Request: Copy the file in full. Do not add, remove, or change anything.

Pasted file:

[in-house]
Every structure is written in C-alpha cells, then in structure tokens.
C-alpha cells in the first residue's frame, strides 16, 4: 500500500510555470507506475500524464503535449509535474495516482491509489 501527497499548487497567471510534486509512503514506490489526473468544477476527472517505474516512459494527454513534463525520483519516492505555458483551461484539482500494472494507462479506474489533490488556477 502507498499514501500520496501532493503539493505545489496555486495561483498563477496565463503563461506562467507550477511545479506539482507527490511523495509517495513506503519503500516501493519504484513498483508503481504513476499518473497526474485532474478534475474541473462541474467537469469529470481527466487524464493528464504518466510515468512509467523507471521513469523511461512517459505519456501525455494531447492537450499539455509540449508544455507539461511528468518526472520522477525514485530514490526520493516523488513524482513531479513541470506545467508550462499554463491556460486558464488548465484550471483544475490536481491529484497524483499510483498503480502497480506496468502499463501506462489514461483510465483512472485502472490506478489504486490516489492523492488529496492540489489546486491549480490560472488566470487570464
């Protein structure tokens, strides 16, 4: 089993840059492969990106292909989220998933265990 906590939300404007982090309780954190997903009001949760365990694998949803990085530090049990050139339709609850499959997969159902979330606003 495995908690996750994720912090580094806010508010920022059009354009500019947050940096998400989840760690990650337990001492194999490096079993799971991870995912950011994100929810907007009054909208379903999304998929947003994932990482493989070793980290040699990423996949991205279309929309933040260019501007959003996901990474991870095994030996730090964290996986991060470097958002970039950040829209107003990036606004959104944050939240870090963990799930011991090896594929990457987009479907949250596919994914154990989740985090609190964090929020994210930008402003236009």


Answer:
[in-house]
Every structure is written in C-alpha cells, then in structure tokens.
C-alpha cells in the first residue's frame, strides 16, 4: 500500500510555470507506475500524464503535449509535474495516482491509489 501527497499548487497567471510534486509512503514506490489526473468544477476527472517505474516512459494527454513534463525520483519516492505555458483551461484539482500494472494507462479506474489533490488556477 502507498499514501500520496501532493503539493505545489496555486495561483498563477496565463503563461506562467507550477511545479506539482507527490511523495509517495513506503519503500516501493519504484513498483508503481504513476499518473497526474485532474478534475474541473462541474467537469469529470481527466487524464493528464504518466510515468512509467523507471521513469523511461512517459505519456501525455494531447492537450499539455509540449508544455507539461511528468518526472520522477525514485530514490526520493516523488513524482513531479513541470506545467508550462499554463491556460486558464488548465484550471483544475490536481491529484497524483499510483498503480502497480506496468502499463501506462489514461483510465483512472485502472490506478489504486490516489492523492488529496492540489489546486491549480490560472488566470487570464
């Protein structure tokens, strides 16, 4: 089993840059492969990106292909989220998933265990 906590939300404007982090309780954190997903009001949760365990694998949803990085530090049990050139339709609850499959997969159902979330606003 495995908690996750994720912090580094806010508010920022059009354009500019947050940096998400989840760690990650337990001492194999490096079993799971991870995912950011994100929810907007009054909208379903999304998929947003994932990482493989070793980290040699990423996949991205279309929309933040260019501007959003996901990474991870095994030996730090964290996986991060470097958002970039950040829209107003990036606004959104944050939240870090963990799930011991090896594929990457987009479907949250596919994914154990989740985090609190964090929020994210930008402003236009």